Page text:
Shortages of components, including chips as well as batteries, have been a major factor limiting the capacity of electric vehicle companies so far this year. In a weekend report, Chinese official media CCTV highlighted the battery shortage.
The importance of power batteries, the heart of new energy vehicles, cannot be overstated, and CATL's share price has continued to rise in recent days, but behind this is a tight supply of batteries, the report said.
Xpeng Motors CEO He Xiaopeng personally waited a week at CATL to get the needed battery supply, the report said, citing previous media reports.
This is similar to what Chinese car companies did when the chip shortage was at its worst.
In late May this year, Changan Automobile said the company had been having executives in Shanghai to contact chipmakers in order to keep production operations on track.
"I heard that president Wang Jun even took a solution - he wouldn't eat until the chips were provided - and after that move was used, it really solved the problem a little bit," Changan chairman Zhu Huarong said at the time.
The latest CCTV report mentioned that CATL Chairman Robin Zeng said at a recent shareholder meeting that customers' recent rush for goods was getting to be too much for him.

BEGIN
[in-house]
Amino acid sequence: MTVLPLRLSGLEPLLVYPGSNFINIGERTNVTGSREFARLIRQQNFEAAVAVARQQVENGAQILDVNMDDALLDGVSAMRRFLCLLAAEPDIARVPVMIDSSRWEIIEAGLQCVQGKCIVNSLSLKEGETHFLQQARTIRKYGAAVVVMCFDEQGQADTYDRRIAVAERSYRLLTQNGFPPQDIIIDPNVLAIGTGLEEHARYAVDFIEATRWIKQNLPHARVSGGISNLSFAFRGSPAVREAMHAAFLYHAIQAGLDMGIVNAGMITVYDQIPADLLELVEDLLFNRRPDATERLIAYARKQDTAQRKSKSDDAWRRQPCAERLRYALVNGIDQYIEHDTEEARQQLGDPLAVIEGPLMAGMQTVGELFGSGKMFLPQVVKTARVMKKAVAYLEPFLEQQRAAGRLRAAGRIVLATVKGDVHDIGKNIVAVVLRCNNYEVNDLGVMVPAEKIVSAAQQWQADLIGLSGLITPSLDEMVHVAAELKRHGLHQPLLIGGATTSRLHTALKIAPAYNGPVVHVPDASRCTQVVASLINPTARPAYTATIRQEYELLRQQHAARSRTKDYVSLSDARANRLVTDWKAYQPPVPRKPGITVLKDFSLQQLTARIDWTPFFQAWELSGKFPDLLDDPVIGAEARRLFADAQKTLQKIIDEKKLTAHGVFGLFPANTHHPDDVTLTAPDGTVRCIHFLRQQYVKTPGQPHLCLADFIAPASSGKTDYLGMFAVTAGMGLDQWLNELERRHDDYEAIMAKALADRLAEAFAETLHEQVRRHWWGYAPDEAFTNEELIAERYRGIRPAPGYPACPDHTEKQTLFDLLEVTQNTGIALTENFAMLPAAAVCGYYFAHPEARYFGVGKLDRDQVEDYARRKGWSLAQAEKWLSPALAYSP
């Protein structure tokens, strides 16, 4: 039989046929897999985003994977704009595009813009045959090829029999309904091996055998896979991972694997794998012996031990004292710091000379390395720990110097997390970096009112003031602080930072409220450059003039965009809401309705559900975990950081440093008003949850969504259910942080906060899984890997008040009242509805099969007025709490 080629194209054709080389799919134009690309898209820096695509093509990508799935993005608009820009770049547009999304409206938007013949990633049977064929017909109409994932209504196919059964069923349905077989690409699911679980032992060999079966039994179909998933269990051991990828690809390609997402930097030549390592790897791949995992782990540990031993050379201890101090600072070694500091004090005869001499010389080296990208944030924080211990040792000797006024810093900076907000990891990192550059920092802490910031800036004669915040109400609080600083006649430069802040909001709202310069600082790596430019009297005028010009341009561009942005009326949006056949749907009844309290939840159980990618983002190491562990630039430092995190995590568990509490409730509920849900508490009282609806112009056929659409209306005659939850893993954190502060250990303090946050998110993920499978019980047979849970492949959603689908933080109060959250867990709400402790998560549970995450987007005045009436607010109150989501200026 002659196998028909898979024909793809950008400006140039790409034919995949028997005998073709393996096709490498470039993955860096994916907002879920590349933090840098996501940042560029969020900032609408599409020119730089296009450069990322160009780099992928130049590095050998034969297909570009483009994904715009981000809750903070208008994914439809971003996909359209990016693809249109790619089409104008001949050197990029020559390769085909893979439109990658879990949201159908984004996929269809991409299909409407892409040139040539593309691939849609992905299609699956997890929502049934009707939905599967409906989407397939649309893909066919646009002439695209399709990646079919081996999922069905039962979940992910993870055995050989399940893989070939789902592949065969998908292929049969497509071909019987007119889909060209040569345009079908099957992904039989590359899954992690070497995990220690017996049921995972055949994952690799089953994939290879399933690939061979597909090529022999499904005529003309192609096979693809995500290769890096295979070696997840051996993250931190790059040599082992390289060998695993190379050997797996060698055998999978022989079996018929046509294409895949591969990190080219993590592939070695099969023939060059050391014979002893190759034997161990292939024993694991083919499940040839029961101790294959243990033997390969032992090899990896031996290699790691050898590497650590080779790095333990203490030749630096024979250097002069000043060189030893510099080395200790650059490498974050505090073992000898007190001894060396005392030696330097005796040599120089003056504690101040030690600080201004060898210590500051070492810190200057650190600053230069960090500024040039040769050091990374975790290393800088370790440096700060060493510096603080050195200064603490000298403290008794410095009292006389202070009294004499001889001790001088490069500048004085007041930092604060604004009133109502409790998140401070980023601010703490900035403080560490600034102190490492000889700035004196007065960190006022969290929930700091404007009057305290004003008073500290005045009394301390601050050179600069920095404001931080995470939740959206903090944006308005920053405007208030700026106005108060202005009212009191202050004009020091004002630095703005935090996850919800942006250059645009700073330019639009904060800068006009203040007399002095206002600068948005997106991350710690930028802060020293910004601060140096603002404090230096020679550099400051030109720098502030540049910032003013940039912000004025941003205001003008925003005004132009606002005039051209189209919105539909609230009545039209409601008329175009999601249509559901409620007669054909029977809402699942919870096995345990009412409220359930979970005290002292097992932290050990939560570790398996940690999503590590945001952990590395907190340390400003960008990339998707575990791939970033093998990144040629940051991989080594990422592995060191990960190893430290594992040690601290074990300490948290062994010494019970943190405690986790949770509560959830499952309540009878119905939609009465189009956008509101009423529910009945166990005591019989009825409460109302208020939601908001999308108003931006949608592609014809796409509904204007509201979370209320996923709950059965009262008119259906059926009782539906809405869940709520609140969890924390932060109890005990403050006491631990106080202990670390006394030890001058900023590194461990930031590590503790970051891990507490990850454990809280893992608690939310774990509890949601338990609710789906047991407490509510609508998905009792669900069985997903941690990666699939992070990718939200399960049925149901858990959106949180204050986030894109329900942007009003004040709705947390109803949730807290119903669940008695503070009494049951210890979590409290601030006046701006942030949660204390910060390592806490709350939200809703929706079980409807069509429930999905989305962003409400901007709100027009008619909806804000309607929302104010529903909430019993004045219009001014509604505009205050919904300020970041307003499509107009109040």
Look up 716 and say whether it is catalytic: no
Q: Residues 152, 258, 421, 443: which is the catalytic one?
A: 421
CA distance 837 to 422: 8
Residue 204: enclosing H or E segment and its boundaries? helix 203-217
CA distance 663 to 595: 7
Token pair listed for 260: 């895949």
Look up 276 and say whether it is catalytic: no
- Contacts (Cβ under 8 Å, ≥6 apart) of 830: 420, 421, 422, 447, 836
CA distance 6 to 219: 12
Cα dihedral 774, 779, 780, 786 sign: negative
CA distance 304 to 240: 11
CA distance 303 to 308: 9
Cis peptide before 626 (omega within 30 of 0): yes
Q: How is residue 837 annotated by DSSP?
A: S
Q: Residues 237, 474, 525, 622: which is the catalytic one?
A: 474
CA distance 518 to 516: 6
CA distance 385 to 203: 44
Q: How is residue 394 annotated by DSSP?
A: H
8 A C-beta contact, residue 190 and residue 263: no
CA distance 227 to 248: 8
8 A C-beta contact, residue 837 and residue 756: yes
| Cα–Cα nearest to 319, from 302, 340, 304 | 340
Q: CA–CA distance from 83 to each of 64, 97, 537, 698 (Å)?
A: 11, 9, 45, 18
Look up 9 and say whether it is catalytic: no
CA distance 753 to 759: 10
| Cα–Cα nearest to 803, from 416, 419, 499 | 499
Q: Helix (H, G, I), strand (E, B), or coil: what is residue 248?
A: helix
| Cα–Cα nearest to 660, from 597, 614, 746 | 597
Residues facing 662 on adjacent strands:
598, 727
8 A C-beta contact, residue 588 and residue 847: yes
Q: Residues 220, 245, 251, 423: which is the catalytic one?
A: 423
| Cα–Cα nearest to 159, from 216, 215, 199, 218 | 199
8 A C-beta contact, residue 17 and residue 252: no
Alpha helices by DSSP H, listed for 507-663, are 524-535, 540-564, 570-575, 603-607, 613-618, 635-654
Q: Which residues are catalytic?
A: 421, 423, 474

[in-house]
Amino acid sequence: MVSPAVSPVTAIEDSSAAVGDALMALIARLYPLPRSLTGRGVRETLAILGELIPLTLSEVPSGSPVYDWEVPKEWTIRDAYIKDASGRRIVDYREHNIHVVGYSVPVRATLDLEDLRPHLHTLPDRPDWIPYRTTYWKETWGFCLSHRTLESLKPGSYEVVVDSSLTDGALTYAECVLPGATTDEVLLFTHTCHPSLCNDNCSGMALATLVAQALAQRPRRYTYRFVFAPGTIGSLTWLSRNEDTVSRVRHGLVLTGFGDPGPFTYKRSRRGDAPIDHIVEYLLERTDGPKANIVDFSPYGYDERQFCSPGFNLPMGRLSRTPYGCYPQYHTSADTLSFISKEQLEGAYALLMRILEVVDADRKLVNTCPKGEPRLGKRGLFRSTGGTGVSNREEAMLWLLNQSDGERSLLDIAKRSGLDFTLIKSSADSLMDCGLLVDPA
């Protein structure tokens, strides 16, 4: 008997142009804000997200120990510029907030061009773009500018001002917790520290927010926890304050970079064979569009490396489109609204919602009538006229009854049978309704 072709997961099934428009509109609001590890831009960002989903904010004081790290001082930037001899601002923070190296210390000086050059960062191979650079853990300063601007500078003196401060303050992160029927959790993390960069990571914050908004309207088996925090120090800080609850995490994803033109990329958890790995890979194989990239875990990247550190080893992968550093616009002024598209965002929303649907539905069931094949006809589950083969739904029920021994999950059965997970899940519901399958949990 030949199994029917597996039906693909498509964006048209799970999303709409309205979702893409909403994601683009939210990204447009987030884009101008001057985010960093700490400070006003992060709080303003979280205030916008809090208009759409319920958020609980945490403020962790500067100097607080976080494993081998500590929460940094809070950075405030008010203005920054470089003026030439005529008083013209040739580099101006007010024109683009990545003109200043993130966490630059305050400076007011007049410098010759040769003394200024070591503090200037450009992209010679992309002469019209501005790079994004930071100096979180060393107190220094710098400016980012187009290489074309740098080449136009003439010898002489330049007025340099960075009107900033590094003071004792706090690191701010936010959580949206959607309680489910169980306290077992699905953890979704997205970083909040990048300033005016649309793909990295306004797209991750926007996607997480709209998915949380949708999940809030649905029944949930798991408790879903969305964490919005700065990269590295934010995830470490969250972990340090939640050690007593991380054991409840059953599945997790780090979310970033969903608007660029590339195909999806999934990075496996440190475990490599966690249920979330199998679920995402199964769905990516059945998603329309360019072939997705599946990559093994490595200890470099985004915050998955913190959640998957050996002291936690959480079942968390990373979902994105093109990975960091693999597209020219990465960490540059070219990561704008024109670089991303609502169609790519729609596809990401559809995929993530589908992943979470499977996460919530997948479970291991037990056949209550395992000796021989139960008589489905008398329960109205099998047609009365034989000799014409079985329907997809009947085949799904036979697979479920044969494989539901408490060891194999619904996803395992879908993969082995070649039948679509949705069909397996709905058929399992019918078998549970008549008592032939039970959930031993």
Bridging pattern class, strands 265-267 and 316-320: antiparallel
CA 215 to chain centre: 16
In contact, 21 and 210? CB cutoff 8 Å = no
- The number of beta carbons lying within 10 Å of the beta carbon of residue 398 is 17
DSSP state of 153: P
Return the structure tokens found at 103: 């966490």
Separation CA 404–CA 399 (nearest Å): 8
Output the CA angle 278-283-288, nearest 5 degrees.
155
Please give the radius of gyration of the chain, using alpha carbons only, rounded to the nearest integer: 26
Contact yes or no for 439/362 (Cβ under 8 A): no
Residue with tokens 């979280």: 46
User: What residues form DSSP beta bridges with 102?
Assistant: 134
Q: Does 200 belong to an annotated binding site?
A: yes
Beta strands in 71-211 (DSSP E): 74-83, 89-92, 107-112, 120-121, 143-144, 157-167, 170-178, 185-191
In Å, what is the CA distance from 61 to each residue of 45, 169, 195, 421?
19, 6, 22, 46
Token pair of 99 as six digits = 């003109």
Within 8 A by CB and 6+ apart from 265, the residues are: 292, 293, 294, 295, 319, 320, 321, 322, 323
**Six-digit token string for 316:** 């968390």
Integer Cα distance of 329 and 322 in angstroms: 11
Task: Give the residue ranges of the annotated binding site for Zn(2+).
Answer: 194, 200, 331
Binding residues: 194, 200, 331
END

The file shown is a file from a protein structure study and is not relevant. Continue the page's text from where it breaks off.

Ganfeng Lithium, a lithium battery maker in Xinyu, Jiangxi province, supplies a number of new energy vehicles, including the Tesla Model 3 and BYD Han.
From January to now, the company basically has 28 days of full production every month, said Huang Jingping, director of Ganfeng Power Battery Factory Quality Department.
In the face of the battery shortage, car companies have signed agreements with battery manufacturers in advance to ensure battery supply. Great Wall Motors signed a decade-long strategic cooperation framework agreement with CATL for power batteries in early June this year.
"Tight battery supply has been a common problem in the industry, and we have to make arrangements in advance, mainly to ensure a battery supply from CATL to Great Wall," CCTV quoted Great Wall Motors sources as saying.
Market research firm SNE Research predicted that by 2023, global demand for power batteries for electric vehicles will reach 406 gigawatt hours (GWh), while power battery supply is expected to be 335 GWH, a shortfall of about 18 percent, according to the report.
By 2025, this gap will expand to about 40 percent, the report said.